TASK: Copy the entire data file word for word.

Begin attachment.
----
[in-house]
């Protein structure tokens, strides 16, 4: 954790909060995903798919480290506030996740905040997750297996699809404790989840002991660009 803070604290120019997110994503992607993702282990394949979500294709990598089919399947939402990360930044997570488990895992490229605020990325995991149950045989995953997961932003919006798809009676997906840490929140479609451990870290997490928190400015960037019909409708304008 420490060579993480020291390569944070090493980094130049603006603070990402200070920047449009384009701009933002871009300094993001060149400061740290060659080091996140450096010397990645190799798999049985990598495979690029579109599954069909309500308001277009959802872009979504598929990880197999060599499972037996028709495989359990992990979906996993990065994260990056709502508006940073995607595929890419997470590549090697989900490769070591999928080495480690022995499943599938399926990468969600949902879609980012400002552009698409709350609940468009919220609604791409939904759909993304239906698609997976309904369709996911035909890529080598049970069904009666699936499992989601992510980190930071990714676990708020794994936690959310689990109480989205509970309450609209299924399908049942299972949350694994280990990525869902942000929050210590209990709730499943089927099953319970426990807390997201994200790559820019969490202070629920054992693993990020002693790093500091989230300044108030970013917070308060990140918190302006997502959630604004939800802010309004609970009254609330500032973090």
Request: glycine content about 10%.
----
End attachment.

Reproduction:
[in-house]
């Protein structure tokens, strides 16, 4: 954790909060995903798919480290506030996740905040997750297996699809404790989840002991660009 803070604290120019997110994503992607993702282990394949979500294709990598089919399947939402990360930044997570488990895992490229605020990325995991149950045989995953997961932003919006798809009676997906840490929140479609451990870290997490928190400015960037019909409708304008 420490060579993480020291390569944070090493980094130049603006603070990402200070920047449009384009701009933002871009300094993001060149400061740290060659080091996140450096010397990645190799798999049985990598495979690029579109599954069909309500308001277009959802872009979504598929990880197999060599499972037996028709495989359990992990979906996993990065994260990056709502508006940073995607595929890419997470590549090697989900490769070591999928080495480690022995499943599938399926990468969600949902879609980012400002552009698409709350609940468009919220609604791409939904759909993304239906698609997976309904369709996911035909890529080598049970069904009666699936499992989601992510980190930071990714676990708020794994936690959310689990109480989205509970309450609209299924399908049942299972949350694994280990990525869902942000929050210590209990709730499943089927099953319970426990807390997201994200790559820019969490202070629920054992693993990020002693790093500091989230300044108030970013917070308060990140918190302006997502959630604004939800802010309004609970009254609330500032973090």
Request: glycine content about 10%.